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About this Blog

Posted in About this Blog on May 4th, 2007

Welcome to the HCL 2.0 blog.  It was inspired by two recent conferences that members of the Communications and ITS teams attended—NEASIST Designing Usable Interfaces and Computers in Libraries 2007 Beyond Library 2.0: Building Communities, Connections, and Strategies

Our goal is to share what we learned and contribute to the growing dialog among HCL staff about ways to implement Web 2.0 technologies and philosophy to enhance the Library’s virtual presence. 

This blog is presented in a slightly unconventional way, in that under each category you will find our notes and then a series of questions they raised for us.  Feel free to answer the questions or raise other issues.  We look forward to your comments.

HCL Communications                              HCL ITS
Beth Brainard                                           Al Burns
Enrique Diaz                                             Karen Moore
Jen Tomase

Big Themes

Posted in Big Themes on May 4th, 2007


  • Web 2.0 offers content in a state of perpetual beta – DON’T obsess over web site being perfect
  • Web sites should evolve, be nimble, be open
  • OLD web sites are like malls, where we try to keep users inside; NEW 2.0 sites are like city parks that allow users in and out easily
  • People are not using their computers to hunt for information, they are using online tools to bring information to their computers – Computers are the Internet
  • Social functionality is expected
  • User testing is invaluable
  • If a web site needs to employ “user education” before it can be navigated, then it doesn’t work
  • Assume that Millennials begin their research on non-library, aka Google, site; can’t expect to “lead” users to resources
  • Library OPACS are broken in 3 ways: usability, findability, remixability
  • Access to library services/resourced should be ready at the users point of need
  • Staff education is an important part of building dynamic online resources
  • Resistance is futile – the web is unlocked


Are there other big themes we should be aware of as we map out HCL’s virtual presence?

What are the big themes for instructional services in realtion to online resources?

User Behavior and Expectations

Posted in User Behavior and Expectations on May 4th, 2007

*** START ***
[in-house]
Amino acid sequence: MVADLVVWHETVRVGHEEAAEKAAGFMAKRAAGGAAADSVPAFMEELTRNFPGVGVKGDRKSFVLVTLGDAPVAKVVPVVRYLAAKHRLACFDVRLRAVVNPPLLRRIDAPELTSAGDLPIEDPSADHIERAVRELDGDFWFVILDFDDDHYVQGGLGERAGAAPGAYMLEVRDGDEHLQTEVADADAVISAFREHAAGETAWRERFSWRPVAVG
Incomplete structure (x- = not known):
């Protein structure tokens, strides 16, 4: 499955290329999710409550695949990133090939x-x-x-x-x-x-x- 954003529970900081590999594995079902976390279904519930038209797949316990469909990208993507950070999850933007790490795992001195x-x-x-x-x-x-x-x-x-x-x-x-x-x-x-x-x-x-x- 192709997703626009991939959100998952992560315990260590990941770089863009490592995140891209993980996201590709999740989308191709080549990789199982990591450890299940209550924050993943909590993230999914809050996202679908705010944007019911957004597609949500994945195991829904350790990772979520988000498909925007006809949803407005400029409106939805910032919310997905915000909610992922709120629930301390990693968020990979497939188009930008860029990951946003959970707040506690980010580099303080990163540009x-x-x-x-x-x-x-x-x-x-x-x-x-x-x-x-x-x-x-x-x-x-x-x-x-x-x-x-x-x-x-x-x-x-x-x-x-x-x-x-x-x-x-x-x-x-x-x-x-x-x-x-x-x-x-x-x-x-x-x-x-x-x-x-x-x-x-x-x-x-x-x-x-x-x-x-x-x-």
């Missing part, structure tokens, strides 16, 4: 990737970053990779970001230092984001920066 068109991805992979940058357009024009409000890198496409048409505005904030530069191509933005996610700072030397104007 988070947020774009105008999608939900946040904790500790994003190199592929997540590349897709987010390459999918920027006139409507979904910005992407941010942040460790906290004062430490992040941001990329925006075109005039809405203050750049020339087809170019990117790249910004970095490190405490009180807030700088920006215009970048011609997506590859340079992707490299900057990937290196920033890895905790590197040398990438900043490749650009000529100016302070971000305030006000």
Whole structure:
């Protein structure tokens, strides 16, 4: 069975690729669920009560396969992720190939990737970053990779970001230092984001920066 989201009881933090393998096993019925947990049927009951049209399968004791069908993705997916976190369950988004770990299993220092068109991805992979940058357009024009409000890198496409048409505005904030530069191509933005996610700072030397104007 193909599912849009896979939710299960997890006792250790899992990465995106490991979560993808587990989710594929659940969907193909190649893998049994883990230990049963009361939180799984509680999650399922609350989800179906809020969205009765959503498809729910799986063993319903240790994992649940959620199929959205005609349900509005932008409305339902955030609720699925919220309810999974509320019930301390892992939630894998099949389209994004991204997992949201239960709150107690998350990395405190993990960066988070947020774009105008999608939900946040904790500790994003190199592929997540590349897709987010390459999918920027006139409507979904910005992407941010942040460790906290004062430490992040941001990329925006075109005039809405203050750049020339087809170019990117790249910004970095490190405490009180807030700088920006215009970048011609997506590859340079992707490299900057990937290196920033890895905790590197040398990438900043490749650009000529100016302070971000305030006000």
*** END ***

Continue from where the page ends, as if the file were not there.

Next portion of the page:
We are serving a new generation of students, the Millennials, who were born 1981-2000 and who have a different set of behaviors and expections around web sites than our past library patrons.


  • Frenetic multitasking
  • Highly interactive
  • Highly social
  • Confident with a variety of media; have established conventions for navigating web, and Reluctant to ask for help
  • Scan don’t read web pages
  • Begin their research on non-library, aka Google, site; can’t expect to “lead” them to resources
  • Expectations of web sites:

    • Expect content to be digital and immediate
    • Expect discovery to be Google-like, high expectations set by previous web experienceExpect access anytime anywhere
    • Impatient with “clunky” library sites

    Expectations of social functionality:

    • Commenting
    • Rating and reviewing (voicing opinion)
    • Send to a friend
    • Share applications (like a calendar)
    • Subscribe on the spot
    • Save for later using own social bookmarking system
    • Blog or comment area to know what other people are saying
    • Sharing discoveries
    • Creating mashups
    • Alternate navigation – tag clouds, top links list, zeitgeist, relationship maps, mashups


What types of outreach do we need to establish/revise to reach the Millennials?

What types of online resources can HCL provide to best serve this library user?

How can we coordinate the production of online resources so that libraries are not duplicating services and so that all needed resources are being created?

Usability Testing

Posted in Usability Testing on May 4th, 2007